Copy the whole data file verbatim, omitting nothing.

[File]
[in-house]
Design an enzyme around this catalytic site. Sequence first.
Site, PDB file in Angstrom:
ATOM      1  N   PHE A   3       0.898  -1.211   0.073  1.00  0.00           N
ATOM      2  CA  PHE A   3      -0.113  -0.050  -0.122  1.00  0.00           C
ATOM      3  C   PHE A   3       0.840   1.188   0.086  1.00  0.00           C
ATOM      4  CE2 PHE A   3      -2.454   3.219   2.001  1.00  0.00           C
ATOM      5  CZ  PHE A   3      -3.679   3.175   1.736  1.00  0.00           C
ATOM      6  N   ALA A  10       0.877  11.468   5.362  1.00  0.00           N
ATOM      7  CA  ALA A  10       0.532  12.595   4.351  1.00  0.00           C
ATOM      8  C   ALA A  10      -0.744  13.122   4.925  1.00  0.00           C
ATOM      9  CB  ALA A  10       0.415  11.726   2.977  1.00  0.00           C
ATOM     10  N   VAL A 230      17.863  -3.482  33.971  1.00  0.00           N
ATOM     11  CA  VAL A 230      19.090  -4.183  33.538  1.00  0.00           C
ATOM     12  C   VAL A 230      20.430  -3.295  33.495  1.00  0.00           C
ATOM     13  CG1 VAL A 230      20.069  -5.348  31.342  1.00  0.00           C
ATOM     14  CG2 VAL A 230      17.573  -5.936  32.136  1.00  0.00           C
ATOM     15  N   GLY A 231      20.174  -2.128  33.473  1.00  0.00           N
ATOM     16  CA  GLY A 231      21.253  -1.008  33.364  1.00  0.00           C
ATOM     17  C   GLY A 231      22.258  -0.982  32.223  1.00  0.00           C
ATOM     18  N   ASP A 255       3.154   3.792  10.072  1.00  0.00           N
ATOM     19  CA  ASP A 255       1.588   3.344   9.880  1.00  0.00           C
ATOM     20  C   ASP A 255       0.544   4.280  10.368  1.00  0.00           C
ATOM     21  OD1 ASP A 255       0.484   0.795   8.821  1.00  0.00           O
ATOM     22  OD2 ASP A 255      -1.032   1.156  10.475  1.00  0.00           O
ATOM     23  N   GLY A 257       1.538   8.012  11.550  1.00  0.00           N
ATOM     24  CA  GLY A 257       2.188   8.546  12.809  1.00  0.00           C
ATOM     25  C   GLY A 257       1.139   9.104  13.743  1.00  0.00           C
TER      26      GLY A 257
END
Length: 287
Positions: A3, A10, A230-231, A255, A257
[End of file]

[in-house]
Design an enzyme around this catalytic site. Sequence first.
Site, PDB file in Angstrom:
ATOM      1  N   PHE A   3       0.898  -1.211   0.073  1.00  0.00           N
ATOM      2  CA  PHE A   3      -0.113  -0.050  -0.122  1.00  0.00           C
ATOM      3  C   PHE A   3       0.840   1.188   0.086  1.00  0.00           C
ATOM      4  CE2 PHE A   3      -2.454   3.219   2.001  1.00  0.00           C
ATOM      5  CZ  PHE A   3      -3.679   3.175   1.736  1.00  0.00           C
ATOM      6  N   ALA A  10       0.877  11.468   5.362  1.00  0.00           N
ATOM      7  CA  ALA A  10       0.532  12.595   4.351  1.00  0.00           C
ATOM      8  C   ALA A  10      -0.744  13.122   4.925  1.00  0.00           C
ATOM      9  CB  ALA A  10       0.415  11.726   2.977  1.00  0.00           C
ATOM     10  N   VAL A 230      17.863  -3.482  33.971  1.00  0.00           N
ATOM     11  CA  VAL A 230      19.090  -4.183  33.538  1.00  0.00           C
ATOM     12  C   VAL A 230      20.430  -3.295  33.495  1.00  0.00           C
ATOM     13  CG1 VAL A 230      20.069  -5.348  31.342  1.00  0.00           C
ATOM     14  CG2 VAL A 230      17.573  -5.936  32.136  1.00  0.00           C
ATOM     15  N   GLY A 231      20.174  -2.128  33.473  1.00  0.00           N
ATOM     16  CA  GLY A 231      21.253  -1.008  33.364  1.00  0.00           C
ATOM     17  C   GLY A 231      22.258  -0.982  32.223  1.00  0.00           C
ATOM     18  N   ASP A 255       3.154   3.792  10.072  1.00  0.00           N
ATOM     19  CA  ASP A 255       1.588   3.344   9.880  1.00  0.00           C
ATOM     20  C   ASP A 255       0.544   4.280  10.368  1.00  0.00           C
ATOM     21  OD1 ASP A 255       0.484   0.795   8.821  1.00  0.00           O
ATOM     22  OD2 ASP A 255      -1.032   1.156  10.475  1.00  0.00           O
ATOM     23  N   GLY A 257       1.538   8.012  11.550  1.00  0.00           N
ATOM     24  CA  GLY A 257       2.188   8.546  12.809  1.00  0.00           C
ATOM     25  C   GLY A 257       1.139   9.104  13.743  1.00  0.00           C
TER      26      GLY A 257
END
Length: 287
Positions: A3, A10, A230-231, A255, A257